Four historic factors merged to create 1968: the example of the civil rights movement, which at the time was so new and original; a generation that felt so different and so alienated that it rejected all forms of authority; a war that was hated so universally around the world that it provided a cause for all the rebels seeking one; and all of this occurring at the moment that television was coming of age but was still new enough not to have yet become controlled, distilled, and packaged the way it is today. In 1968 the phenomenon of a same-day broadcast from another part of the world was in itself a gripping new technological wonder.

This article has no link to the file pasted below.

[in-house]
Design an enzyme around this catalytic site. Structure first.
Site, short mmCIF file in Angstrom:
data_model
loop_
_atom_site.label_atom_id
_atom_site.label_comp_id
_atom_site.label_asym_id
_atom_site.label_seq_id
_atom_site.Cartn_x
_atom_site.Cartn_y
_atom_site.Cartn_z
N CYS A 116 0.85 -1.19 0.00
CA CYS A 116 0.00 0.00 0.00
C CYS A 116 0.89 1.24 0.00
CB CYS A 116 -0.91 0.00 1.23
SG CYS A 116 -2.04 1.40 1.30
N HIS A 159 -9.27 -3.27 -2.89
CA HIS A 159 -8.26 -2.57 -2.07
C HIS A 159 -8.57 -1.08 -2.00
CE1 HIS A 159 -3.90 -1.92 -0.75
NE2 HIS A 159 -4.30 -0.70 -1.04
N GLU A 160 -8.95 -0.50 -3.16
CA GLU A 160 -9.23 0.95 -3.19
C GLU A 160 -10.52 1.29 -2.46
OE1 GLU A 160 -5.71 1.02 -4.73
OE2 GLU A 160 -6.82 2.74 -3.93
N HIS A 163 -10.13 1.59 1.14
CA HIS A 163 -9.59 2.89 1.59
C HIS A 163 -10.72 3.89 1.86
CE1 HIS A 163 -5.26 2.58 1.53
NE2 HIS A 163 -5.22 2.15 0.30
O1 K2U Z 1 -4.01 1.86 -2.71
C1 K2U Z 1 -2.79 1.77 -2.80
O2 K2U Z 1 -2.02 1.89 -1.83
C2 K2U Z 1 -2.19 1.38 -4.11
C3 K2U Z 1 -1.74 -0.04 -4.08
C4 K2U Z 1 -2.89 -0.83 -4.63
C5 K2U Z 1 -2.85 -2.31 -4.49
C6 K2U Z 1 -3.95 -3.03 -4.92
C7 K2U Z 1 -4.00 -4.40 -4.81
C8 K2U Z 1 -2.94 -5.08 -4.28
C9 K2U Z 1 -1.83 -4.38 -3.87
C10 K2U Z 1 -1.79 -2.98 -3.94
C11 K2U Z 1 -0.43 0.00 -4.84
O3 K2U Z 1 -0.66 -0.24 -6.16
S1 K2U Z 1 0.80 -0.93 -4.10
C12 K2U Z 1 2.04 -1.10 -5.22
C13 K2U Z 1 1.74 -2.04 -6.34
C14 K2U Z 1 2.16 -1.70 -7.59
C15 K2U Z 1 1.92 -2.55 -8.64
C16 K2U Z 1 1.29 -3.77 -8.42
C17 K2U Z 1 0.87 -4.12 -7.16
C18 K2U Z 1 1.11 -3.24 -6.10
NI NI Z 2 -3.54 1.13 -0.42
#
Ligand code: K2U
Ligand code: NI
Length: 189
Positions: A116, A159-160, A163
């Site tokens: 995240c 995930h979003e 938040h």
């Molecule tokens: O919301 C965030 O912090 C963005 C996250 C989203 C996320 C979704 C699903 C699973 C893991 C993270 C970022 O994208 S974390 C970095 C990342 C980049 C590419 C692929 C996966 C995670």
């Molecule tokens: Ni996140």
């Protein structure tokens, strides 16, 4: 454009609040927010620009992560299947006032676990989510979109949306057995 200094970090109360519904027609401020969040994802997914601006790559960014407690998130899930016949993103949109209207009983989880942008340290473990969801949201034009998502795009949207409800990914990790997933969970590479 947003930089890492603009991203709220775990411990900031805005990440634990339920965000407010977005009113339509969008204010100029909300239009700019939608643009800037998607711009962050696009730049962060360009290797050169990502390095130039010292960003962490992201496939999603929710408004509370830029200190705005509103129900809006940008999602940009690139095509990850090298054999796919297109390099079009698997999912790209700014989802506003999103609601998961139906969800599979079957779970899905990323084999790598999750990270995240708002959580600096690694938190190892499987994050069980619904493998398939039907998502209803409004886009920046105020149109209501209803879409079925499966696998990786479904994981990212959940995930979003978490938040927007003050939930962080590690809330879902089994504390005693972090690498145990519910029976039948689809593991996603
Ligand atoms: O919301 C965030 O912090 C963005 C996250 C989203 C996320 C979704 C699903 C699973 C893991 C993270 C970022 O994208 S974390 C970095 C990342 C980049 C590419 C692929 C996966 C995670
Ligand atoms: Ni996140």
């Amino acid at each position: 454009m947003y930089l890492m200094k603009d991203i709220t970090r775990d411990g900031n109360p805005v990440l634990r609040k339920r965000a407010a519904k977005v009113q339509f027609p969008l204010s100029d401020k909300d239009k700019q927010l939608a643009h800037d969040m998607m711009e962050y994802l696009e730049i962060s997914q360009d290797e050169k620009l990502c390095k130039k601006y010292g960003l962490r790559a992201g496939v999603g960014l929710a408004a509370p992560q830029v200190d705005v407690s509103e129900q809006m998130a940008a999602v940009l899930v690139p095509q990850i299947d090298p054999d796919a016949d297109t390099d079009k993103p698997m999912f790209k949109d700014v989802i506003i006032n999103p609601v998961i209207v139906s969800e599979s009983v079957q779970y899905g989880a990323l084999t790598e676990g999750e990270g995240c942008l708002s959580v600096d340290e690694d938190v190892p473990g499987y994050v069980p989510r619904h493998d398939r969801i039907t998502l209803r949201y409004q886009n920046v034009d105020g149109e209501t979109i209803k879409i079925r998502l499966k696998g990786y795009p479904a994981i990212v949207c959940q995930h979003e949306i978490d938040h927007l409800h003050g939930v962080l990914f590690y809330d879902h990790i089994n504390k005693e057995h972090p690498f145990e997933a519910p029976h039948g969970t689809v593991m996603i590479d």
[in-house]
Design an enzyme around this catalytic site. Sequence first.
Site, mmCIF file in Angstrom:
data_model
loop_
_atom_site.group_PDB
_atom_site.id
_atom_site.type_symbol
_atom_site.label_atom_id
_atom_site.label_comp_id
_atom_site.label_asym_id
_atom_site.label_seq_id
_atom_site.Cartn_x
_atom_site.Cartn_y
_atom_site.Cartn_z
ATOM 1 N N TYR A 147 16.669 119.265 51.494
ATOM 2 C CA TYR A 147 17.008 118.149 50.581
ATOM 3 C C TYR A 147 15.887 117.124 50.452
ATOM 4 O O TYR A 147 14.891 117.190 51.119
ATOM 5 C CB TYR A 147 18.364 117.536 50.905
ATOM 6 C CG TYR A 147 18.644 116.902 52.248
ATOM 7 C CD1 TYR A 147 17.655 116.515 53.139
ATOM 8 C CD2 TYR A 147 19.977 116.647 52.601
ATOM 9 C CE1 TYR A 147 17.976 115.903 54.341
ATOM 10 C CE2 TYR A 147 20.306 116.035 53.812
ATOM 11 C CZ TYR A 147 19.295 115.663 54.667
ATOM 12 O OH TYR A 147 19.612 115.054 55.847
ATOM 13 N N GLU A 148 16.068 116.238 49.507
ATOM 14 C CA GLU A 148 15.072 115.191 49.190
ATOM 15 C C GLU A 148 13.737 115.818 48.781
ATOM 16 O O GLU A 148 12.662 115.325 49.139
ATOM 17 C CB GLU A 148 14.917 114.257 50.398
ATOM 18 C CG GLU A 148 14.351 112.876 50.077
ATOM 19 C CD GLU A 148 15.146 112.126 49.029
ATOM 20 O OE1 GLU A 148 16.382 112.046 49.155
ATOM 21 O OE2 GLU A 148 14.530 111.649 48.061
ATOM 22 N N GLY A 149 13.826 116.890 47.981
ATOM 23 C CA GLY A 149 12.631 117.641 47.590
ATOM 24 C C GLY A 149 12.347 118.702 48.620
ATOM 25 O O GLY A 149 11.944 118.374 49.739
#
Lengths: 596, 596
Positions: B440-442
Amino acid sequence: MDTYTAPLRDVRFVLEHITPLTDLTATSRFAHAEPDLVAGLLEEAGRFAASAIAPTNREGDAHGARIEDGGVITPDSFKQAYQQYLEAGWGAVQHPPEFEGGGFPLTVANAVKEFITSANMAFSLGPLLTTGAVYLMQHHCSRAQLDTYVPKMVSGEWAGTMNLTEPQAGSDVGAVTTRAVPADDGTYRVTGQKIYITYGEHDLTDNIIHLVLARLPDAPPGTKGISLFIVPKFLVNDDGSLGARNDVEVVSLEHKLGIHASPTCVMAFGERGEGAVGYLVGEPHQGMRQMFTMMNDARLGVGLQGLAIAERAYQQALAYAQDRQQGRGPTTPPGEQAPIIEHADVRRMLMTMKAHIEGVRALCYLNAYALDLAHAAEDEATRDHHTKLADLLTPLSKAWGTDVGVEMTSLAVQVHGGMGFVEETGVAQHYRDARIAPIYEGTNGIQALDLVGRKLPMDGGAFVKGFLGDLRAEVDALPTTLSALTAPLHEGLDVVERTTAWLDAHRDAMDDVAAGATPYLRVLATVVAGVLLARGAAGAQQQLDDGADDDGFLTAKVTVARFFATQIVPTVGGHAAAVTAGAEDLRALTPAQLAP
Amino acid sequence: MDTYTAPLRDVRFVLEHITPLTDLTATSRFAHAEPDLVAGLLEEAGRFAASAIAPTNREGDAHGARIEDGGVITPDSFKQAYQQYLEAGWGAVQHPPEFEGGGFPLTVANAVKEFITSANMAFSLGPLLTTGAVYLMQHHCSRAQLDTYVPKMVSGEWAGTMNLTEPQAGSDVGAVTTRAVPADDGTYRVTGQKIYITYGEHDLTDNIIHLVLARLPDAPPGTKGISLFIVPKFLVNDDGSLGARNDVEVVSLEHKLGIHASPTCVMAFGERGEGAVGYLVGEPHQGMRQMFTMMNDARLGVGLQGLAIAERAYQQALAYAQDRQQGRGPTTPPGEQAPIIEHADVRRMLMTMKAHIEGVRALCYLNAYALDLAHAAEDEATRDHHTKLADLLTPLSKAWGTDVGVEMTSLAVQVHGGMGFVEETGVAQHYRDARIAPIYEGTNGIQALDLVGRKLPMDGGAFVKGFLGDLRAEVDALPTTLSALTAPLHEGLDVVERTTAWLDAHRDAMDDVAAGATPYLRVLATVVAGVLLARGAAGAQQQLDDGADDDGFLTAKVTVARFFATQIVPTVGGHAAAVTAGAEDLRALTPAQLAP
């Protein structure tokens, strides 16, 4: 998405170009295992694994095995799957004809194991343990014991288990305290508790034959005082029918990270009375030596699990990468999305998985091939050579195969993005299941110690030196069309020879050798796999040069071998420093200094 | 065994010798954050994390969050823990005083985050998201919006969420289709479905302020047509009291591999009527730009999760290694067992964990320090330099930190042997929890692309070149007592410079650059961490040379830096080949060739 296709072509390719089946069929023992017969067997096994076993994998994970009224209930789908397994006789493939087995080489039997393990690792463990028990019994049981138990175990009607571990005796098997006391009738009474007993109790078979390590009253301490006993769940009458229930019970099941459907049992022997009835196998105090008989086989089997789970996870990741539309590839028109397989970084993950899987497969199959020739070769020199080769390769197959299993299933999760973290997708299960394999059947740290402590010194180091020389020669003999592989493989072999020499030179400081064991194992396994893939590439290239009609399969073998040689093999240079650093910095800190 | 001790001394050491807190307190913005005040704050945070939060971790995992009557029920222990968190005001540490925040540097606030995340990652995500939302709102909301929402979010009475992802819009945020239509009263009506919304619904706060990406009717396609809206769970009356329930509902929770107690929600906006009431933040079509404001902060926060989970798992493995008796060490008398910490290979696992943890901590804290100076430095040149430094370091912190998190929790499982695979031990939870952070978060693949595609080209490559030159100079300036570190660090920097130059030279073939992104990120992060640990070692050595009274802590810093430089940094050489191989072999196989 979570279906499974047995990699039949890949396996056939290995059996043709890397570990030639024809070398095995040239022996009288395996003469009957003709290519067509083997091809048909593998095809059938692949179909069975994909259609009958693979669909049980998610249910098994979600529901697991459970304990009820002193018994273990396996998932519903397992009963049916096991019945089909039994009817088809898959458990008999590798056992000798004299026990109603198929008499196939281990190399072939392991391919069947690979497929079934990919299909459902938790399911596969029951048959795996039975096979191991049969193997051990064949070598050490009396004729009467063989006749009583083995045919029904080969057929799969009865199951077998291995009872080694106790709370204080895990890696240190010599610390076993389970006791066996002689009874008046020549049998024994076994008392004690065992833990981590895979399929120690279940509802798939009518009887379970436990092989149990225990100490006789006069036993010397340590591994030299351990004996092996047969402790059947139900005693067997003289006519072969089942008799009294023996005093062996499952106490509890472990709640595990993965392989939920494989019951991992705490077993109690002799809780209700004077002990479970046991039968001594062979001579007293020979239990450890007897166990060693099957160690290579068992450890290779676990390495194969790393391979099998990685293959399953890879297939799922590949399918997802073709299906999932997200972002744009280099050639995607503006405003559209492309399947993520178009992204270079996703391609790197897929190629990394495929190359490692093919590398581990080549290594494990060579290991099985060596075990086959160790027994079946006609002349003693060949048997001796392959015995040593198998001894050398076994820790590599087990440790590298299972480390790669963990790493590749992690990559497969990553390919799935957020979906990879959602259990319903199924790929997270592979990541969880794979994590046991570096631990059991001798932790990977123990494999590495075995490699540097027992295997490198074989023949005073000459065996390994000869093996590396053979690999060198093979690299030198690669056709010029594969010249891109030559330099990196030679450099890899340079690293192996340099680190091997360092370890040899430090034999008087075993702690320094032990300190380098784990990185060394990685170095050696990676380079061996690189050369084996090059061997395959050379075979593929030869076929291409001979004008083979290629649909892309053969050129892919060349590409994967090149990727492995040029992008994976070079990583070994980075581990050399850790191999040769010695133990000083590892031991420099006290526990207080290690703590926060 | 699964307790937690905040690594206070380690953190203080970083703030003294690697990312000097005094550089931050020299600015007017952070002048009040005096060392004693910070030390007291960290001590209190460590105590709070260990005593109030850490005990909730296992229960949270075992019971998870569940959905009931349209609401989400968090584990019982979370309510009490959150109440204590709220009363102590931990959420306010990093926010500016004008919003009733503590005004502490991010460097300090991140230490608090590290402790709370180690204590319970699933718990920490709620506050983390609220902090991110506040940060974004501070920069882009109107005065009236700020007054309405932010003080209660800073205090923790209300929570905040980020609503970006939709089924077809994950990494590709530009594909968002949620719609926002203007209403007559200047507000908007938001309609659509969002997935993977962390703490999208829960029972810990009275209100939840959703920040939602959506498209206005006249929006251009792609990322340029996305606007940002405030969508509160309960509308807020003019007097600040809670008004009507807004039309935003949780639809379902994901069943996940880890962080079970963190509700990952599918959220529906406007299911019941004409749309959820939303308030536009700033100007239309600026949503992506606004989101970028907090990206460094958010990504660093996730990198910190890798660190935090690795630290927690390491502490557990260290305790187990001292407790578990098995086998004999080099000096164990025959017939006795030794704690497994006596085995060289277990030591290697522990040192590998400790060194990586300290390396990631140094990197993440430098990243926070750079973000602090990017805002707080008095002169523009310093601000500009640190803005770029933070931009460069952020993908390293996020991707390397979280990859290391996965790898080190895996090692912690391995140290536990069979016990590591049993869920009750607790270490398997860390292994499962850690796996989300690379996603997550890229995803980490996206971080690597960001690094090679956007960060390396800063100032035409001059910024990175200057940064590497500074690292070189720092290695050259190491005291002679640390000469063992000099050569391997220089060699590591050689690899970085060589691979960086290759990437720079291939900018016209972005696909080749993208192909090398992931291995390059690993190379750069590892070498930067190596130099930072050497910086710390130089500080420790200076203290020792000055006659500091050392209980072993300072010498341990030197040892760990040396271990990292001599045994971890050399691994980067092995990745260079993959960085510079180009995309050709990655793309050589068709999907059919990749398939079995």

The American war in Vietnam was not unique and certainly no more reprehensible than numerous other wars, including the earlier French war in Vietnam. But this time it was being pursued by a nation with unprecedented global power. At a time when colonies were struggling to re-create themselves as nations, when the “anticolonial struggle” had touched the idealism of people all over the world, here was a weak and fragile land struggling for independence while this new type of entity known as a “superpower” dropped more non-nuclear bombs on its small territory than had been dropped on all of Asia and Europe in World War II. At the height of 1968 fighting, the U.S. military was killing every week the same number of people or more as died in the September 11, 2001, World Trade Center attack. While within the movements in the United States, France, Germany, and Mexico there was tremendous splintering and factionalism, everyone could agree—because of the power and prestige of the United States and the brutal and clearly unfair nature of the American war in Vietnam—that they opposed the Vietnam War. When the American civil rights movement became split in 1968 between the advocates of nonviolence and the advocates of Black Power, the two sides could come together in agreement on opposition to the Vietnam War. Dissident movements around the world could be built up simply by coming out against the war.